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If your yard or garden is looking a little bland, an easy and low-maintenance way to add some subtle flair is by planting some ornamental grasses in strategic areas. Unlike the grasses used for lawns, these plants are often tall, colorful, and easy to care for. There are many popular types of ornamental grass, but be sure to make sure they're suitable for your climate before planting.

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Fountaingrass

Named for its seasonal plumes that seem to spray out from the center, fountaingrass is a great choice for filling an empty corner and adding vertical depth to your landscaping. Some varieties can grow up to eight feet tall, and it comes in several shades ranging from vibrant green to rich purple. It grows best when it gets plenty of sun and is planted in well-drained soil.

Fountain grass EAGiven / Getty Images
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Maiden grass

Maiden grass, also known as miscanthus, is an excellent choice for urban gardens or ones with lots of hardscaping because its graceful foliage and fuzzy blossoms help soften harsh corners. Full-size varieties can grow up to eight feet tall, but dwarf varieties are available for smaller spaces. This grass does best in consistently moist soil and in full sun. During the fall, its foliage can change from a simple green to a lovely red, purple, or gold hue.

Maiden grass ANGHI / Getty Images
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Little Bluestem

Little bluestem is native to North America's prairies, making it an excellent choice if you're trying to create a hardy and wildlife-friendly garden. It can be grown in both moist and dry soils, although in moist soil it takes on a more sod-like appearance, while in dry soil it tends to form taller clumps. It gets its name from its blue stems, although the foliage ranges from blue-green to a deep wine color depending on the season.

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Zebra grass

Zebra grass is a versatile, easy-to-maintain perennial that can serve as either a focal point or an accent piece. Its foliage is deep green for most of the year, and during the summer it develops warm beige stripes that give it its name. Fully grown zebra grass is drought-resistant, but it propagates best in very moist soils, so plan on giving it plenty of water at first if you live in a drier climate.

Zebra grass JeanUrsula / Getty Images
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Japanese forest grass

Also known as Hakone grass, this grass originates from the base of Mount Hakone in Japan. It grows in small clumps, which are great for adding texture along walkways or in planter boxes. Several different cultivars are available in colors from vivid green to rich gold. This grass does best when grown in partial shade, and it needs a lot of moisture and rich soil to thrive.

Japanese forest grass JohnatAPW / Getty Images
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Switchgrass

If you're looking for a plant that thrives in harsher conditions, switchgrass may be the solution you need. This hardy plant is resistant to drought, and deer and other pesky critters tend to stay away from it. Its native habitat is the North Atenmerican prairies, so it usually does well in both hot and cold conditions. The grass is a lovely green during the summer, and some varieties develop a hint of pink or burgundy when they flower.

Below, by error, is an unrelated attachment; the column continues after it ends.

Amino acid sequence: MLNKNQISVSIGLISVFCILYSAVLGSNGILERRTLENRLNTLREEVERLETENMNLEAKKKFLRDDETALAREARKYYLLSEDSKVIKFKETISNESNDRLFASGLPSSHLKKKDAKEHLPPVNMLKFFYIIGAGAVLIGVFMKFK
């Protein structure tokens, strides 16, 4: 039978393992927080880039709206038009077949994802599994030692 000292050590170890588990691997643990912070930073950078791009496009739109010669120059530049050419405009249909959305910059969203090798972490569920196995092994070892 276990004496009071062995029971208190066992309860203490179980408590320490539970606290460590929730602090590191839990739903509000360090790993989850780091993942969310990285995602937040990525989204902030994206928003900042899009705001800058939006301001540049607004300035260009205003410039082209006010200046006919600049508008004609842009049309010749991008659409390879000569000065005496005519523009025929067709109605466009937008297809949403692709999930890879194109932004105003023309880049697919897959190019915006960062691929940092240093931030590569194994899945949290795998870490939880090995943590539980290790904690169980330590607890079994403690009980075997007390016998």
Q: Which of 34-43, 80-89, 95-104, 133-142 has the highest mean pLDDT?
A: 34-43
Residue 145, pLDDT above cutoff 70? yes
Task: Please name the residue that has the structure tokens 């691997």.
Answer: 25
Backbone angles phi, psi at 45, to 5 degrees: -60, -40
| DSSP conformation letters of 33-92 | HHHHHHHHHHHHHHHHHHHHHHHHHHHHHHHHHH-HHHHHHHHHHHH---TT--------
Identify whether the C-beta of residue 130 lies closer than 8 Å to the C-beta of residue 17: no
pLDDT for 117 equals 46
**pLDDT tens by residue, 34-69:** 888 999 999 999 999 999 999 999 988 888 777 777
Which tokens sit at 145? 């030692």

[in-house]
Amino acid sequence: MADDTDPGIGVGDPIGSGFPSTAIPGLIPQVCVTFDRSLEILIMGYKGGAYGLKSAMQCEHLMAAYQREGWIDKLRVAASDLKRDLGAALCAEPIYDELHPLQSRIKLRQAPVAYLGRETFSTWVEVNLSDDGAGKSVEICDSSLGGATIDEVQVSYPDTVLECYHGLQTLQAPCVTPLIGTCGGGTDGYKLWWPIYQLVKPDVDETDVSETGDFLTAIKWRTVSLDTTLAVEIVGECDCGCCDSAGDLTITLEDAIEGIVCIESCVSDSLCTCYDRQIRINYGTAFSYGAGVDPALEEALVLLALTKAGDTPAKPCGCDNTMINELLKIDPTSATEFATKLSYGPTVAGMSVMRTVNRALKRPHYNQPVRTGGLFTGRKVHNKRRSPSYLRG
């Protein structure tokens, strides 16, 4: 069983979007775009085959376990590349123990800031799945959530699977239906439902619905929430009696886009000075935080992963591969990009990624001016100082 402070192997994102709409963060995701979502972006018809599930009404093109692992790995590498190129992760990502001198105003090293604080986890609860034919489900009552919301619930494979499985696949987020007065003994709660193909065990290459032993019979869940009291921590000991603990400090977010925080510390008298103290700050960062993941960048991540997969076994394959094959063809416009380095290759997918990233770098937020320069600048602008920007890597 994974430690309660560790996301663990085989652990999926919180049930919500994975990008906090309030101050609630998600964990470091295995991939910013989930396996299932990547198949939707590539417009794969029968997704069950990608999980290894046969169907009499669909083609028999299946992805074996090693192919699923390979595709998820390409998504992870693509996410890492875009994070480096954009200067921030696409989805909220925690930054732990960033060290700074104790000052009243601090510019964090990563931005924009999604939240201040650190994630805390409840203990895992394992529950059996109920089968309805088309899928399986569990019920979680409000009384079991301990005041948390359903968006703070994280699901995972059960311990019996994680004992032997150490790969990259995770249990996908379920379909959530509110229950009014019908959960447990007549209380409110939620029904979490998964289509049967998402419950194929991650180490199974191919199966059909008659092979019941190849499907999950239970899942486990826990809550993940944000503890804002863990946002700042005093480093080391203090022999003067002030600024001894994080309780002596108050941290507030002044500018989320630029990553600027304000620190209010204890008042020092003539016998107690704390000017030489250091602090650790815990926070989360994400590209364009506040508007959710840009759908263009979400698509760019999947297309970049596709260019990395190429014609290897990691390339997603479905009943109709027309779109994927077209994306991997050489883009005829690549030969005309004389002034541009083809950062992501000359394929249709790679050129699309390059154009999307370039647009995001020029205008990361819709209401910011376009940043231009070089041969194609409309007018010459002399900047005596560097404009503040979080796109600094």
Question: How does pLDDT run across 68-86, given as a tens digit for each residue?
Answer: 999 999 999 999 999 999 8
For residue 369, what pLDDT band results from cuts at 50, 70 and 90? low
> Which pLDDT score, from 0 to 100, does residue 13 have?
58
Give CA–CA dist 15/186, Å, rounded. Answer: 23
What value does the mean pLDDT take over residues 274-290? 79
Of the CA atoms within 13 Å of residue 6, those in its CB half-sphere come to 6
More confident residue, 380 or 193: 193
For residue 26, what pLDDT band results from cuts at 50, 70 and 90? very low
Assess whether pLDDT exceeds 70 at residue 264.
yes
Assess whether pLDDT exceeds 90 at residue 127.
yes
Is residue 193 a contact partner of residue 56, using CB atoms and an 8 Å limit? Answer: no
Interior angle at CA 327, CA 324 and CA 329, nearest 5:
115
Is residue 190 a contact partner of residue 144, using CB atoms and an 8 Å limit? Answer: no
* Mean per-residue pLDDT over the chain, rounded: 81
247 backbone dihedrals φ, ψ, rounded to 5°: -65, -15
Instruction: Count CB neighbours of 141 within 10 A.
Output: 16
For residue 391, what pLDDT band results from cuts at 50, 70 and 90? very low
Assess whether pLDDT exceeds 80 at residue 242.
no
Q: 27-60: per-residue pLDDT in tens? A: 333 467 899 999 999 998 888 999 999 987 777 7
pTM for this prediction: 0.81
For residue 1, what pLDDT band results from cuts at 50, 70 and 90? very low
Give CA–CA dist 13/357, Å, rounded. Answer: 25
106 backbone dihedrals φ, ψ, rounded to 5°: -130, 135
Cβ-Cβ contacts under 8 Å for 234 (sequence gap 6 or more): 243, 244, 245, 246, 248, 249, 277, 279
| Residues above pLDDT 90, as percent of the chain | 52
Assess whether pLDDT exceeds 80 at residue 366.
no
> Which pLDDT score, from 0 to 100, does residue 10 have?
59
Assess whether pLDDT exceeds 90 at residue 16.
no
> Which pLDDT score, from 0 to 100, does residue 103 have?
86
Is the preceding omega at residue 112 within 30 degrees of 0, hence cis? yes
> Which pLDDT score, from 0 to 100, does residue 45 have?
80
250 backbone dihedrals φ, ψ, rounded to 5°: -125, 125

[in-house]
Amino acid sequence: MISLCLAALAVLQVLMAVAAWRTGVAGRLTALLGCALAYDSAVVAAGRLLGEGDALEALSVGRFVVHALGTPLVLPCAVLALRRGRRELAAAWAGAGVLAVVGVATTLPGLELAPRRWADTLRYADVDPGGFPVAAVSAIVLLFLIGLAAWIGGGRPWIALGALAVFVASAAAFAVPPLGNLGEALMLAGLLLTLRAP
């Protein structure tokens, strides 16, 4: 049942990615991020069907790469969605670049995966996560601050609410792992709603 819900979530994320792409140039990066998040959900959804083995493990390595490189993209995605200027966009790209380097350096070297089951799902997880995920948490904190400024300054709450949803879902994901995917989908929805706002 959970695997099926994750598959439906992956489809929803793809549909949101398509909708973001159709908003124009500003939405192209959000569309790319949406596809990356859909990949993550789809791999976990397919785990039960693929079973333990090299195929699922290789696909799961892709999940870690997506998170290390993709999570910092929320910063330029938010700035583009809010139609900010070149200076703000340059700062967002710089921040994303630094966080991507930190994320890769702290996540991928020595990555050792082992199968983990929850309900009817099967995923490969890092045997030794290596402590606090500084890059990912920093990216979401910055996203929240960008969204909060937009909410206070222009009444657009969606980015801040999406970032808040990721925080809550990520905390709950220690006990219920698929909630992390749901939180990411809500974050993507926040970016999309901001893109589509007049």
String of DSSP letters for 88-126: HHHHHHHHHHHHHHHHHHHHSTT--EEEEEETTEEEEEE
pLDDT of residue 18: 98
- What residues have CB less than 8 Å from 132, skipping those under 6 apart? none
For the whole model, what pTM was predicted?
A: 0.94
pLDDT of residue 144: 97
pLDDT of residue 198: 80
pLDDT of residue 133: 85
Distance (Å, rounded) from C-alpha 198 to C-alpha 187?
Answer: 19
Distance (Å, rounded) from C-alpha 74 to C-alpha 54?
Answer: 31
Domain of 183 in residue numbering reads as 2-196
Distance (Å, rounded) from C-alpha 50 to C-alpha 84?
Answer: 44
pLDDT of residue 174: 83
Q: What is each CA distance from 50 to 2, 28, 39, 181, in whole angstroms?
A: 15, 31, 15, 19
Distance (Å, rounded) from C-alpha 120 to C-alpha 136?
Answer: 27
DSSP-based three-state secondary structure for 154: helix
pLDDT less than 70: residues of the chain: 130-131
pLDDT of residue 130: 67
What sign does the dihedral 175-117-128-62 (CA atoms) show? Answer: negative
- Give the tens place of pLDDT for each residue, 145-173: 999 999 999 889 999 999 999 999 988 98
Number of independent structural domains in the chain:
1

Switchgrass CatLane / Getty Images
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Blue oat grass

Blue oat grass is an excellent choice if you're looking to fill in a smaller gap in your landscaping. This grass grows in clumps that can grow up to 3 feet tall and 2 feet wide. The foliage is green with a blue or silvery hue. It does well in average or dry soil, although new plants typically need more water when they're establishing themselves.

Blue oat grass skymoon13 / Getty Images
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Fiber optic grass

Although this plant is technically a sedge rather than a grass, it's a great way to add a distinctive touch to your landscaping. It features multiple slender stems that curve gracefully outwards and are topped with small flowers, which creates a cascading look reminiscent of a fiber-optic lamp. This grass needs plenty of sunlight and lots of water to stay green and healthy.

Fiber optic grass Liudmyla Liudmyla / Getty Images
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Dwarf pampas grass

You have probably noticed dwarf pampas grass before, even if you didn't know its name. It stands out due to its fluffy white flowers, which develop at the top of the stems in late summer or early fall. This plant is a great choice if you want to add texture to your winter garden, as the flowers stay in place until spring. It can tolerate a wide variety of conditions and can be grown in most climates.

Dwarf pampas grass Ascent/PKS Media Inc. / Getty Images
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Rush

If you're trying to add life to a poorly drained area or give your backyard pond a new look, rush is a fantastic choice. This grass loves moisture and will even grow in shallow water. Numerous varieties are available, ranging from traditional soft grasses to ones with corkscrew-like stems. It also does well in container gardens as long as it gets plenty of sunlight.

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